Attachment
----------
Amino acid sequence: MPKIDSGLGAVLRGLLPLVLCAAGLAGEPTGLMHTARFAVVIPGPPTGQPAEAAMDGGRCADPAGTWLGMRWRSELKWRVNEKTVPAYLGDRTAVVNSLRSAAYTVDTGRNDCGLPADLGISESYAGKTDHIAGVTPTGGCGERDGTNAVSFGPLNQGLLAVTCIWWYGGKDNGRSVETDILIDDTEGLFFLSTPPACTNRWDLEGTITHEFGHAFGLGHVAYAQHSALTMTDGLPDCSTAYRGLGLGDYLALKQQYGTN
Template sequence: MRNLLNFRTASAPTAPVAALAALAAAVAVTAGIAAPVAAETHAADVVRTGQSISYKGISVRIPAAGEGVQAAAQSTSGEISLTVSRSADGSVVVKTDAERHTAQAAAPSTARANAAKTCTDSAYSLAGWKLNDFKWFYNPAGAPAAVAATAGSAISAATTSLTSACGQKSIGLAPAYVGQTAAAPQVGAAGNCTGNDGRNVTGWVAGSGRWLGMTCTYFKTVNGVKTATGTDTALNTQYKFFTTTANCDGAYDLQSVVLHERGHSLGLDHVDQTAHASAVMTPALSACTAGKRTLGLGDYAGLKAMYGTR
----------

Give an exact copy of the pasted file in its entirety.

Amino acid sequence: MPKIDSGLGAVLRGLLPLVLCAAGLAGEPTGLMHTARFAVVIPGPPTGQPAEAAMDGGRCADPAGTWLGMRWRSELKWRVNEKTVPAYLGDRTAVVNSLRSAAYTVDTGRNDCGLPADLGISESYAGKTDHIAGVTPTGGCGERDGTNAVSFGPLNQGLLAVTCIWWYGGKDNGRSVETDILIDDTEGLFFLSTPPACTNRWDLEGTITHEFGHAFGLGHVAYAQHSALTMTDGLPDCSTAYRGLGLGDYLALKQQYGTN
Template sequence: MRNLLNFRTASAPTAPVAALAALAAAVAVTAGIAAPVAAETHAADVVRTGQSISYKGISVRIPAAGEGVQAAAQSTSGEISLTVSRSADGSVVVKTDAERHTAQAAAPSTARANAAKTCTDSAYSLAGWKLNDFKWFYNPAGAPAAVAATAGSAISAATTSLTSACGQKSIGLAPAYVGQTAAAPQVGAAGNCTGNDGRNVTGWVAGSGRWLGMTCTYFKTVNGVKTATGTDTALNTQYKFFTTTANCDGAYDLQSVVLHERGHSLGLDHVDQTAHASAVMTPALSACTAGKRTLGLGDYAGLKAMYGTR